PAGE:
Shoveling the sidewalk issue in DC
Based on the remarks of the Councilmembers initially present at today's hearing (Councilmembers Wells, Graham, and Cheh) and the testimony of DPW Director William Howland, there is no question that over the last two years, both the legislative and executive branches of DC Government have broadened their understanding that snow clearance and public safety is more than just clearing snow from the city's streets, that it is equally important to maintain "way" for pedestrians, transit users, and bicyclists.
DPW and DDOT have been meeting with various local and federal government agencies and continue to press the issue with federal agencies such as the National Park Service, which says that it isn't receiving appropriations to cover sidewalk snow clearance, only enough money to clear interior parcels.
So writings in this (I know DDOT must be reading because they are using an image in their snow removal poster that comes from an entry I ran in 2009) and other blogs, and of course citizen haranguing, is having some effect.
- 2009, Planning for complete places means planning for people, not just cars
- 2010, A maintenance of way agenda for the walking and transit city
I won't be able to post my testimony until tomorrow, but I was surprised while preparing my testimony, that reading the DC Code sections on snow and ice removal, that DC Government and the Federal Government is supposed to be responsible for clearing sidewalks adjacent to public buildings, parks, squares, and open spaces controlled by the respective governments. Furthermore, DC Government is supposed to clear curb ramps to the street and sidewalks across alleys, according to the Code.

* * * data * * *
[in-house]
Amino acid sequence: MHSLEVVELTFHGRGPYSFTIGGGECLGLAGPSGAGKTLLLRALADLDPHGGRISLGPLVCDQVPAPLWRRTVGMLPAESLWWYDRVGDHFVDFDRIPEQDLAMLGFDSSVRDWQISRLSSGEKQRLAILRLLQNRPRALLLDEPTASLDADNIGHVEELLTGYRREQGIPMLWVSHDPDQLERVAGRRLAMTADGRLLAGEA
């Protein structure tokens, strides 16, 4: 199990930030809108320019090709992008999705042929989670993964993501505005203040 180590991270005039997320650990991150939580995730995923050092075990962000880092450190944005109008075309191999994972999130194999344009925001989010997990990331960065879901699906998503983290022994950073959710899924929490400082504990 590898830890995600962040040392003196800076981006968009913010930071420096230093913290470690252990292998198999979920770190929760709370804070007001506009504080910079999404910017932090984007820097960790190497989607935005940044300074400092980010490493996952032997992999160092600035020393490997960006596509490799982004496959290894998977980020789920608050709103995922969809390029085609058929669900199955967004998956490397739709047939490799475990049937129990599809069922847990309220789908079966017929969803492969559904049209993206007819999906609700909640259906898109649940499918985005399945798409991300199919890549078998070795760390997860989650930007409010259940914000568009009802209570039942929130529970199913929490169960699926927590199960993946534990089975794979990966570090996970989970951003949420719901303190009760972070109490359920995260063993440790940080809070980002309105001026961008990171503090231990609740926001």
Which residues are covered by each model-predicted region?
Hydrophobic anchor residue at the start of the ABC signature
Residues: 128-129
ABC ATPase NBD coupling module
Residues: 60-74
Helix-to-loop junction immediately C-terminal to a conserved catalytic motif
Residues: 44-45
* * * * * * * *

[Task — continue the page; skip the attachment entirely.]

There was a lot of discussion about how certain DC government agencies, in particular Schools and Parks and Recreation, haven't been carrying out their responsibilities.
There were two panels. The first was "pro" (Jason Broehm of the Pedestrian Advisory Council, ANC Commissioner Bob Summersgill, David Alpert of Greater Greater Washington, and myself), while the second panel was majority against (a Holland and Knight lawyer representing CVS, a mother-daughter team, the daughter an ANC commissioner in Ward 4, the aged mother a Capitol Hill resident, argued against the legislation, the ANC Commissioner stating that if people didn't have sidewalks it wasn't fair that they didn't have to share the burden, etc., and a person from Glover Park discussed their volunteer cadre of snow shovelers).
Councilmembers focused on the health and safety aspects of the proposed changes, while Councilmember Graham was concerned about difficulties in implementation, and whether or not the city should employ phalanxes of casual labor to assist in snow clearance.